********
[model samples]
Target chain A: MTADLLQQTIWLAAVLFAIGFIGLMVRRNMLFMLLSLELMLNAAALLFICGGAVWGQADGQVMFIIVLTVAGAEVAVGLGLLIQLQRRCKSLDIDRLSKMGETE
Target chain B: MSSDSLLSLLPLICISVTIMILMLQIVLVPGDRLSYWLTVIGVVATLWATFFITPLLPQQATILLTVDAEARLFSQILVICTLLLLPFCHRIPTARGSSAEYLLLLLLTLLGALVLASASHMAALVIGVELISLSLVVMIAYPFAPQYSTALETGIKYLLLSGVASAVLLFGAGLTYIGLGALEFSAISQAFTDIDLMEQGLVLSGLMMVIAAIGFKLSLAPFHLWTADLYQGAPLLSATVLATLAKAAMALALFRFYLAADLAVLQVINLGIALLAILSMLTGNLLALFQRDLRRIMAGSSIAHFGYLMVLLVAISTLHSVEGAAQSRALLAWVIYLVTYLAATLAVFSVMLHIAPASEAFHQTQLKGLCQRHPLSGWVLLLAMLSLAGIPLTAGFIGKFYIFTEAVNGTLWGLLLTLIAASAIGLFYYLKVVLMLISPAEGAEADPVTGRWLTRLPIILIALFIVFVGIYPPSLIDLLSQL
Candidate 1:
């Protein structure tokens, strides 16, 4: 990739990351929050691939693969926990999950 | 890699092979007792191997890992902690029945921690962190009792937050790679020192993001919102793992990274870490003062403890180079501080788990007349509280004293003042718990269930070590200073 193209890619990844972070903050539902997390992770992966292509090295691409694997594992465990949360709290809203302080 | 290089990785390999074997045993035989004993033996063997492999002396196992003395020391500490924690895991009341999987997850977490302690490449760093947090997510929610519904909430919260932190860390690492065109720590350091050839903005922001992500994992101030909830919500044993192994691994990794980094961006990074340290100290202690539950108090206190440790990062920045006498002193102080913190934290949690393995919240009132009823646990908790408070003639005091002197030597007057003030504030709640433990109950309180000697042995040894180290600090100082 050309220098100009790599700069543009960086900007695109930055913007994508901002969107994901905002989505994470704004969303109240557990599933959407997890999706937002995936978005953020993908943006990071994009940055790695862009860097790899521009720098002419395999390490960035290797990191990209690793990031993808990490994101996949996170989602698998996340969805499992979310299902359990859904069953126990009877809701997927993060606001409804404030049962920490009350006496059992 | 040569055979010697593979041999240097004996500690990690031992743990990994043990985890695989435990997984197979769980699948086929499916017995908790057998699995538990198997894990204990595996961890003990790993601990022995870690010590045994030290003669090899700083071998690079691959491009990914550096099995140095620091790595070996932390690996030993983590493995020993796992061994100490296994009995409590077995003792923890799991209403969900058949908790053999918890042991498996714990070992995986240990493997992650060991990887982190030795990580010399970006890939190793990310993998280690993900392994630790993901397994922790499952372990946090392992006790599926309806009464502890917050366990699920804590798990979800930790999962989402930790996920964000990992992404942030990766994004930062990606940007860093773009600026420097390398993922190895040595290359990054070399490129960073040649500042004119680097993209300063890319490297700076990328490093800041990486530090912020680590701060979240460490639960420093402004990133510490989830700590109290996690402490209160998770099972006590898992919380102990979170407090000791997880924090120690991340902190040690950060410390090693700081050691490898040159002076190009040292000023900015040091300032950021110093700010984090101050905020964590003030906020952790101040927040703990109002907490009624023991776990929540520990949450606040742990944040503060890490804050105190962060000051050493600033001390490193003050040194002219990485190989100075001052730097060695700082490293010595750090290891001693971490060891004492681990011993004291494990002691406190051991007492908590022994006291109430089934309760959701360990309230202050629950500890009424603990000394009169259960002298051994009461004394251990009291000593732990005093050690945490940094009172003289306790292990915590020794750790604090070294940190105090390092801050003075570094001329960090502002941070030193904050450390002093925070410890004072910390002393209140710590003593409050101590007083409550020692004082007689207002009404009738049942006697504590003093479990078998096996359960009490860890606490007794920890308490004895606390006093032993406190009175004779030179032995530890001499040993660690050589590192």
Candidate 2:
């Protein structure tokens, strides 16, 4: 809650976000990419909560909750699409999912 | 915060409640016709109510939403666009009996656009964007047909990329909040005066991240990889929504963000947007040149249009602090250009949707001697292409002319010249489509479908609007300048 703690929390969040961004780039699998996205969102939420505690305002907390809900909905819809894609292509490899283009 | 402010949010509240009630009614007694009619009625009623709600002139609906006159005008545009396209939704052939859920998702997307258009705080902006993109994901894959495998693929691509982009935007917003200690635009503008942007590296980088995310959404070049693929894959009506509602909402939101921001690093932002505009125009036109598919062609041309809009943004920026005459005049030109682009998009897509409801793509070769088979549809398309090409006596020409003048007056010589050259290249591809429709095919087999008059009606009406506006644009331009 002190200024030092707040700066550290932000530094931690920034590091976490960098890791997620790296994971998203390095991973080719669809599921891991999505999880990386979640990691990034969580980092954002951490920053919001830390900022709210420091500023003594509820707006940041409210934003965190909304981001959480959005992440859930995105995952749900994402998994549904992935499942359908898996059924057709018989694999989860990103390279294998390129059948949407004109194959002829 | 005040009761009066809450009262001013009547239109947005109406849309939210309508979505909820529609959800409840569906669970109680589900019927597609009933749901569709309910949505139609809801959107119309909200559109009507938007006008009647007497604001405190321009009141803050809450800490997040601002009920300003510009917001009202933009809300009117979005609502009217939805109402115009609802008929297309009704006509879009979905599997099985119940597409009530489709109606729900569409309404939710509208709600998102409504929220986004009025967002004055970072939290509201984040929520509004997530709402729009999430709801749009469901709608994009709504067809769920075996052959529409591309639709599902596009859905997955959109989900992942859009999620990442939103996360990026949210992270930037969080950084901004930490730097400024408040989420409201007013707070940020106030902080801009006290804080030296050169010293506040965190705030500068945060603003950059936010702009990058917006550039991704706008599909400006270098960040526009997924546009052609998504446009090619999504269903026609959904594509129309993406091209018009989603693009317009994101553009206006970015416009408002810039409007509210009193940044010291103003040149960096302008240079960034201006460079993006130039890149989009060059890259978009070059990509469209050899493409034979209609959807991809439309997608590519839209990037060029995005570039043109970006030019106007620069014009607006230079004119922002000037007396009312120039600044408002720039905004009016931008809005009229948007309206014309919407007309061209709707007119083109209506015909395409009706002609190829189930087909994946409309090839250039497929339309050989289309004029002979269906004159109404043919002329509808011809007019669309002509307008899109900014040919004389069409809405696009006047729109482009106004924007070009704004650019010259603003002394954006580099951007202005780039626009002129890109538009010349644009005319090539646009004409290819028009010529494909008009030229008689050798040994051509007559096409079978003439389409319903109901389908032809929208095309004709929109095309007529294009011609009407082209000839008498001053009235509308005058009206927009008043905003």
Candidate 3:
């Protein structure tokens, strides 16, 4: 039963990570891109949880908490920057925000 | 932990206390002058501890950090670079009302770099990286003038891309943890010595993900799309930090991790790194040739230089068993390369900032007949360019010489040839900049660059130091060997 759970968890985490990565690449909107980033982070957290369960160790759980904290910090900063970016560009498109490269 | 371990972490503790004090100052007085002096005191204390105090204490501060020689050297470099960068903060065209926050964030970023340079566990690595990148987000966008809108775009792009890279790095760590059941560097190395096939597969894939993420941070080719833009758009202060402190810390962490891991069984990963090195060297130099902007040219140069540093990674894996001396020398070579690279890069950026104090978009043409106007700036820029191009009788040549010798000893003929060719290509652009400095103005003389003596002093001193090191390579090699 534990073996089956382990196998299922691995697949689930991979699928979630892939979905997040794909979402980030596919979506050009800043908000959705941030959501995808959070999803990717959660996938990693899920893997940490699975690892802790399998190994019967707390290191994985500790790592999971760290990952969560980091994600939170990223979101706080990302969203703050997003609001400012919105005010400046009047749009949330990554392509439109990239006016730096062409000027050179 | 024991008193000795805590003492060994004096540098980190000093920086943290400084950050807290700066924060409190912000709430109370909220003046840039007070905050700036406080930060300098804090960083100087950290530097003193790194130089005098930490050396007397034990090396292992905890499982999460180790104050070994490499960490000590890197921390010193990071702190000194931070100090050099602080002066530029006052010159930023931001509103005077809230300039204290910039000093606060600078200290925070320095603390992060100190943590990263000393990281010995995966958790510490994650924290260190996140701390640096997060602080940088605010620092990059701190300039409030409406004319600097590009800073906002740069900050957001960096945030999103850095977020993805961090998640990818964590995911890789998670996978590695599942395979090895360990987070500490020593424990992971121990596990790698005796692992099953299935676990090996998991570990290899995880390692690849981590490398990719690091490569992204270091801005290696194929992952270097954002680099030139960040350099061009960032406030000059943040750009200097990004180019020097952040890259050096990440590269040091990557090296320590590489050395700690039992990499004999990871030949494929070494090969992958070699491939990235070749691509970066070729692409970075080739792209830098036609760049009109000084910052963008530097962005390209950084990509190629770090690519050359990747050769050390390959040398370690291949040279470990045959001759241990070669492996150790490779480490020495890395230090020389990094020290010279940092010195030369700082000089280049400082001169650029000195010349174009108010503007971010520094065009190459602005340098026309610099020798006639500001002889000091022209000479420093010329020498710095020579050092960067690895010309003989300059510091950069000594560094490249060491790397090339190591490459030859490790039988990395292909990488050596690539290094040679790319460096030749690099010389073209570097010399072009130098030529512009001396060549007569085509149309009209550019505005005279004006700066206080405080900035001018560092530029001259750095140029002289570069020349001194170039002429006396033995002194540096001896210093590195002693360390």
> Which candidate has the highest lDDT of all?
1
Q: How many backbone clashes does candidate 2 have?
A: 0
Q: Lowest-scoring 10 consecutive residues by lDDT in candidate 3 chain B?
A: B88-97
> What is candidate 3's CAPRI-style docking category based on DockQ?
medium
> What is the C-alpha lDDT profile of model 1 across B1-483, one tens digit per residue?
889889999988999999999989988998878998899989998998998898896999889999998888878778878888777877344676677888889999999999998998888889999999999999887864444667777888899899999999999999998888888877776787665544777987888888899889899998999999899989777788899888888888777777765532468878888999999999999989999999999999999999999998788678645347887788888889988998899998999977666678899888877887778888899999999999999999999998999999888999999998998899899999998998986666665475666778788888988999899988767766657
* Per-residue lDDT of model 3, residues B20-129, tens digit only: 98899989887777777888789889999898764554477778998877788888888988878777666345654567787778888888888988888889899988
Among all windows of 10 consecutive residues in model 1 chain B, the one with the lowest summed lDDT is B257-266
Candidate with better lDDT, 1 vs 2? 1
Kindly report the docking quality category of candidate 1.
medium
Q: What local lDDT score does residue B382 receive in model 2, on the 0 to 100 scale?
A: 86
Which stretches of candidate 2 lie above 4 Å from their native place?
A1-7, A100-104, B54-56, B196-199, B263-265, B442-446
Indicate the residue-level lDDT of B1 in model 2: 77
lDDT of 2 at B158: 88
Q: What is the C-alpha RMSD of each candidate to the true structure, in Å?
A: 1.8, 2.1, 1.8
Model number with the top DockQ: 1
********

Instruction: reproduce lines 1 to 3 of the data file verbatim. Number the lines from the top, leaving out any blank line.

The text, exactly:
[model samples]
Target chain A: MTADLLQQTIWLAAVLFAIGFIGLMVRRNMLFMLLSLELMLNAAALLFICGGAVWGQADGQVMFIIVLTVAGAEVAVGLGLLIQLQRRCKSLDIDRLSKMGETE
Target chain B: MSSDSLLSLLPLICISVTIMILMLQIVLVPGDRLSYWLTVIGVVATLWATFFITPLLPQQATILLTVDAEARLFSQILVICTLLLLPFCHRIPTARGSSAEYLLLLLLTLLGALVLASASHMAALVIGVELISLSLVVMIAYPFAPQYSTALETGIKYLLLSGVASAVLLFGAGLTYIGLGALEFSAISQAFTDIDLMEQGLVLSGLMMVIAAIGFKLSLAPFHLWTADLYQGAPLLSATVLATLAKAAMALALFRFYLAADLAVLQVINLGIALLAILSMLTGNLLALFQRDLRRIMAGSSIAHFGYLMVLLVAISTLHSVEGAAQSRALLAWVIYLVTYLAATLAVFSVMLHIAPASEAFHQTQLKGLCQRHPLSGWVLLLAMLSLAGIPLTAGFIGKFYIFTEAVNGTLWGLLLTLIAASAIGLFYYLKVVLMLISPAEGAEADPVTGRWLTRLPIILIALFIVFVGIYPPSLIDLLSQL